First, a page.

chapter  4
98 Pages

Principles of Online Comprehensive Multidimensional Liquid Chromatography

Two-Dimensional Separations .......................................................... 157 4.3.3 Practical Peak Capacity and Fractional Coverage ............................ 158

4.3.3.1 Combined Effect of Undersampling and Fractional Coverage on Two-Dimensional Peak Capacity .................. 161

4.3.3.2 Analogies to Practical Peak Capacity and Fractional Coverage in Ecology ................... 161

4.3.3.3 Reexamination of the Fractional-Coverage Method of Gilar et al. ...................................................................... 163

4.3.3.4 Assessment of Current Metrics for Practical Peak Capacity and Fractional Coverage ..................................... 165

4.4 Optimization in Online LC × LC ................................................................. 166 4.4.1 Comparison of Isocratic and Gradient Peak Capacity ..................... 167 4.4.2 Optimization of Peak Capacity in Gradient and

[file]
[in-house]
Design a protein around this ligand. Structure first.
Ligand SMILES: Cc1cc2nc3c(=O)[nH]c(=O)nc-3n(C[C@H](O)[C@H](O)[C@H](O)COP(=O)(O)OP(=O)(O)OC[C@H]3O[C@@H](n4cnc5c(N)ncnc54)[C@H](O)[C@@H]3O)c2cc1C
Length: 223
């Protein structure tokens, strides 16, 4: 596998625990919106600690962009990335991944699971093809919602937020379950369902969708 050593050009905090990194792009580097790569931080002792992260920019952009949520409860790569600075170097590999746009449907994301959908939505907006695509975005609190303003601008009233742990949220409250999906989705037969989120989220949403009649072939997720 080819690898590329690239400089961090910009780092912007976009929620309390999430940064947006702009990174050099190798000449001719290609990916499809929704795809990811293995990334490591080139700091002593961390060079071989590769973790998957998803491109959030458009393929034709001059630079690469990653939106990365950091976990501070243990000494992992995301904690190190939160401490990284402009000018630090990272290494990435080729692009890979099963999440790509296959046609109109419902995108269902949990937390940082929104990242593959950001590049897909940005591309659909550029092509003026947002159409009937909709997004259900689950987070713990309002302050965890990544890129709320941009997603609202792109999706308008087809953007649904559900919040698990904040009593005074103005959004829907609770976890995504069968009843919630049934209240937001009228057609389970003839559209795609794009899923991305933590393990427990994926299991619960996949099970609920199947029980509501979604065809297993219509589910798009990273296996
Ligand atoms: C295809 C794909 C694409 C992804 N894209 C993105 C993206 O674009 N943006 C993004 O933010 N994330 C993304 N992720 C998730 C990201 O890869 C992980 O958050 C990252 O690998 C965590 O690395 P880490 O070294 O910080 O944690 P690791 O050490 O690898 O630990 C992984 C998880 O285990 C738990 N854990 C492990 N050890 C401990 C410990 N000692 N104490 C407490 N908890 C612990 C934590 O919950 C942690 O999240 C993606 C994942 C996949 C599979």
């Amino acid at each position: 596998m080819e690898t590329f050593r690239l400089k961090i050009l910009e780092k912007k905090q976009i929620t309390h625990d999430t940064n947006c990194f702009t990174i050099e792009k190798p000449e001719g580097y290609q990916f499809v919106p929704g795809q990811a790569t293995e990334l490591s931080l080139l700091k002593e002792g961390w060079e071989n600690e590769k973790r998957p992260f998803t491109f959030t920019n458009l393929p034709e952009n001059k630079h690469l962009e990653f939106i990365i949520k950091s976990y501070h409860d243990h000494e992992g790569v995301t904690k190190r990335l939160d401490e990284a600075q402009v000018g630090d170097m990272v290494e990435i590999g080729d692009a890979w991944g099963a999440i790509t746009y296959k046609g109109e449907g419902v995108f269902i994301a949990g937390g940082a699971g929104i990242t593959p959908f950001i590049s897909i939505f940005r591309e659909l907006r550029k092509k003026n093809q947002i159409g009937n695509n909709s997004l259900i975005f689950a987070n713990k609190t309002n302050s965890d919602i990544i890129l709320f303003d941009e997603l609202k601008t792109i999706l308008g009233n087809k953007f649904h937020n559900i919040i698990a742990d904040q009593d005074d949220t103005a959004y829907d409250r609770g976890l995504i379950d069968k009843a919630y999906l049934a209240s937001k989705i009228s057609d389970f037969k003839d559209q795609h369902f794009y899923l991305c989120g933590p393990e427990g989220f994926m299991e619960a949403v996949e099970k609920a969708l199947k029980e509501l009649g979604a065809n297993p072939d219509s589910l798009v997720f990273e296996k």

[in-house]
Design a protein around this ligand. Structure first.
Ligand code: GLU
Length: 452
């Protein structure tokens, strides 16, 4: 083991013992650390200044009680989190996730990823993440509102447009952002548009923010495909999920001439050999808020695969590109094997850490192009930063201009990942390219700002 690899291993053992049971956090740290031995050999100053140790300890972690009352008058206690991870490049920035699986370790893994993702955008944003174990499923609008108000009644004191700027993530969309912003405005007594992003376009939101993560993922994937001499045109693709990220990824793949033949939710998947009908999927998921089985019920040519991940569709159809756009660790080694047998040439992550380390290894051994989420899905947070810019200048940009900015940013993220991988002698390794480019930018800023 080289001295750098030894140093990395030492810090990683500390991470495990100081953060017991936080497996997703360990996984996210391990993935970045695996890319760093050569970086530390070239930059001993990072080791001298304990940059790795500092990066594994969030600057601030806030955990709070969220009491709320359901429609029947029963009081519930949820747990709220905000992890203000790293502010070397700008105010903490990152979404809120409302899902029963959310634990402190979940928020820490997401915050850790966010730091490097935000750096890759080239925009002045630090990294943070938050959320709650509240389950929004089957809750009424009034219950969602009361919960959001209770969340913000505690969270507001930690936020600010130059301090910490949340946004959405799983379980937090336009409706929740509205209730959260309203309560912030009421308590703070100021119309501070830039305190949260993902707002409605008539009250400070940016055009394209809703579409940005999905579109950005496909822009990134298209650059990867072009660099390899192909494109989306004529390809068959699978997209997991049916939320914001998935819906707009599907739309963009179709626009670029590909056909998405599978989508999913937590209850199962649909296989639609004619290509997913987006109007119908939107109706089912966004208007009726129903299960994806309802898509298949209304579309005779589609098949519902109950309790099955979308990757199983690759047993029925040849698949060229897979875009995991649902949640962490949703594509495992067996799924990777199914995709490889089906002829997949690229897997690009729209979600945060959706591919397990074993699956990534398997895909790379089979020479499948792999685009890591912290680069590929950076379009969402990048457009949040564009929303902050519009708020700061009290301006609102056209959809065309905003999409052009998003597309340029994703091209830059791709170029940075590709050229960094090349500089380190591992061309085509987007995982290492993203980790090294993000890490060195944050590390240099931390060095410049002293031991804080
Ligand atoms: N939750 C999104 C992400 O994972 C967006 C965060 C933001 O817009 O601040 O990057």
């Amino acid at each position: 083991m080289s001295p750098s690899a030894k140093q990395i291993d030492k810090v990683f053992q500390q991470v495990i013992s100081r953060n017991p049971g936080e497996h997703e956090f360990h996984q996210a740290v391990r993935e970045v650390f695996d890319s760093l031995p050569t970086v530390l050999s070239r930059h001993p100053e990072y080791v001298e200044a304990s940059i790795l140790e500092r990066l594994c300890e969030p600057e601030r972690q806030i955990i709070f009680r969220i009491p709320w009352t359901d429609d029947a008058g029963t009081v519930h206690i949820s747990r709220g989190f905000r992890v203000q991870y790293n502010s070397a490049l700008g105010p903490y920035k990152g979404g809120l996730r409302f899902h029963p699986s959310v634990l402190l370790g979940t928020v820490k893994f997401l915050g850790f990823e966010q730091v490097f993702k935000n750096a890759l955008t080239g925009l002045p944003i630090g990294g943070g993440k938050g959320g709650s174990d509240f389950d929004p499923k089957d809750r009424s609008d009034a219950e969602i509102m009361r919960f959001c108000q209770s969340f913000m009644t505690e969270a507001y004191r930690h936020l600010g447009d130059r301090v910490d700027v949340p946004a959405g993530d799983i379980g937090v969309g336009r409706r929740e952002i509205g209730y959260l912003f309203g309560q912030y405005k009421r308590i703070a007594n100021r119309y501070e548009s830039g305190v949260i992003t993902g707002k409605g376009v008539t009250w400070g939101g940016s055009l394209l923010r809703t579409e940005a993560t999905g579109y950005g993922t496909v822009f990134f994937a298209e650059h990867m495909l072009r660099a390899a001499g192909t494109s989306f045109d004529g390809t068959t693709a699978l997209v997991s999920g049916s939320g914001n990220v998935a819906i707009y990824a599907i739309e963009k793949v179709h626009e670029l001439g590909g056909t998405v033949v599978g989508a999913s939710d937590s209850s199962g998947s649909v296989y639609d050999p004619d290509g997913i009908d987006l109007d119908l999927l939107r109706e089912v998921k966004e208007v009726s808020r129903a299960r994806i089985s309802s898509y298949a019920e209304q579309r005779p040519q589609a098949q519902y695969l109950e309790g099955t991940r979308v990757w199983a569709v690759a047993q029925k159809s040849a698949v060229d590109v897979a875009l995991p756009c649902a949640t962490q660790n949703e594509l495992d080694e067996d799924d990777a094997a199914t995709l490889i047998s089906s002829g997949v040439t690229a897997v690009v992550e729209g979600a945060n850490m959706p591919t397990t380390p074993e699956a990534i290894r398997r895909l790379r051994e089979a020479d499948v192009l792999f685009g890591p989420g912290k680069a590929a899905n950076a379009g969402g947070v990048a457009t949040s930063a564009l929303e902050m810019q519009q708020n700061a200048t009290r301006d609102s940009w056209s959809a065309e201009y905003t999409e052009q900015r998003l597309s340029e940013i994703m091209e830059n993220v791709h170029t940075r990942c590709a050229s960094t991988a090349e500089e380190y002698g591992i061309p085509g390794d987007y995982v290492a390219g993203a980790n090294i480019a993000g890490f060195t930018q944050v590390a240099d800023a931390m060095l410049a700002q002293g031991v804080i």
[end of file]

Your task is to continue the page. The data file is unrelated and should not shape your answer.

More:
Isocratic Elution Chromatography .................................................... 169 4.4.3 Early Studies of Optimization in Online LC × LC .......................... 173

4.4.3.1 Schoenmakers et al. ........................................................... 173 4.4.3.2 Horie et al. .......................................................................... 173 4.4.3.3 Li et al. ............................................................................... 175

Although multidimensional liquid chromatography has a long history, there is little question that interest in the ˆeld was greatly stimulated by the pioneering work of Erni and Frei [1] and, more recently, by Bushey and Jorgenson’s [2] separation of a protein mixture through the use of an ion exchange separation followed by size exclusion chromatography. Unquestionably, work in two-dimensional liquid chromatography (2D-LC) has beneˆted greatly from earlier developments in two-dimensional gas chromatography (2D-GC) [3-6]. A great deal of the current work in 2D-LC is focused on its use as a tool in proteomics wherein an ion-exchange separation of the tryptic peptides of complex mixtures of proteins [7-9] is followed by a reversedphase separation prior to mass spectrometric identiˆcation of the peptides.